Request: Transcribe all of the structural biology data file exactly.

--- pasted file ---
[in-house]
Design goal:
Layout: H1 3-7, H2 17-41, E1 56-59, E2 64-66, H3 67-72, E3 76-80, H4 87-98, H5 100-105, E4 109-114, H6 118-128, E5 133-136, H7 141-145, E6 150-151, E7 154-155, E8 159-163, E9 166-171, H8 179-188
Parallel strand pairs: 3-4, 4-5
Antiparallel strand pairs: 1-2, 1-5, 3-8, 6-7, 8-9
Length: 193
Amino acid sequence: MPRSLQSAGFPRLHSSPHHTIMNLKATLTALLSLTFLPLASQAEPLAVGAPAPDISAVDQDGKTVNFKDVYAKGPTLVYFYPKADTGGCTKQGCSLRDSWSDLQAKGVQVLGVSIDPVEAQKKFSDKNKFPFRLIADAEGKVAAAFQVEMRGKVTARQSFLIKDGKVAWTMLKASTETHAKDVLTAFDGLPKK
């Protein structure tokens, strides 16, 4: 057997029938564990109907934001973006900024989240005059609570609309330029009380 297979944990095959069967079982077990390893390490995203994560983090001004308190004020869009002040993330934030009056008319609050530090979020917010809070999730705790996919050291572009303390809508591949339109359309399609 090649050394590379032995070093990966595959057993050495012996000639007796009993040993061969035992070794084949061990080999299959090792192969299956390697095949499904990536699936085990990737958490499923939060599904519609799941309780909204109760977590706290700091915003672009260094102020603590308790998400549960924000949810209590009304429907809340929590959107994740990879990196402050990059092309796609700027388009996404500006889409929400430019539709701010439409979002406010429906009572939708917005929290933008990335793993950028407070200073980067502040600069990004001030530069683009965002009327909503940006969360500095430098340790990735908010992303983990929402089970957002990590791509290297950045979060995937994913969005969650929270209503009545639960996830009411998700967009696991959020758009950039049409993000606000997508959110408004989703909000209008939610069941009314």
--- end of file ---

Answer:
[in-house]
Design goal:
Layout: H1 3-7, H2 17-41, E1 56-59, E2 64-66, H3 67-72, E3 76-80, H4 87-98, H5 100-105, E4 109-114, H6 118-128, E5 133-136, H7 141-145, E6 150-151, E7 154-155, E8 159-163, E9 166-171, H8 179-188
Parallel strand pairs: 3-4, 4-5
Antiparallel strand pairs: 1-2, 1-5, 3-8, 6-7, 8-9
Length: 193
Amino acid sequence: MPRSLQSAGFPRLHSSPHHTIMNLKATLTALLSLTFLPLASQAEPLAVGAPAPDISAVDQDGKTVNFKDVYAKGPTLVYFYPKADTGGCTKQGCSLRDSWSDLQAKGVQVLGVSIDPVEAQKKFSDKNKFPFRLIADAEGKVAAAFQVEMRGKVTARQSFLIKDGKVAWTMLKASTETHAKDVLTAFDGLPKK
């Protein structure tokens, strides 16, 4: 057997029938564990109907934001973006900024989240005059609570609309330029009380 297979944990095959069967079982077990390893390490995203994560983090001004308190004020869009002040993330934030009056008319609050530090979020917010809070999730705790996919050291572009303390809508591949339109359309399609 090649050394590379032995070093990966595959057993050495012996000639007796009993040993061969035992070794084949061990080999299959090792192969299956390697095949499904990536699936085990990737958490499923939060599904519609799941309780909204109760977590706290700091915003672009260094102020603590308790998400549960924000949810209590009304429907809340929590959107994740990879990196402050990059092309796609700027388009996404500006889409929400430019539709701010439409979002406010429906009572939708917005929290933008990335793993950028407070200073980067502040600069990004001030530069683009965002009327909503940006969360500095430098340790990735908010992303983990929402089970957002990590791509290297950045979060995937994913969005969650929270209503009545639960996830009411998700967009696991959020758009950039049409993000606000997508959110408004989703909000209008939610069941009314």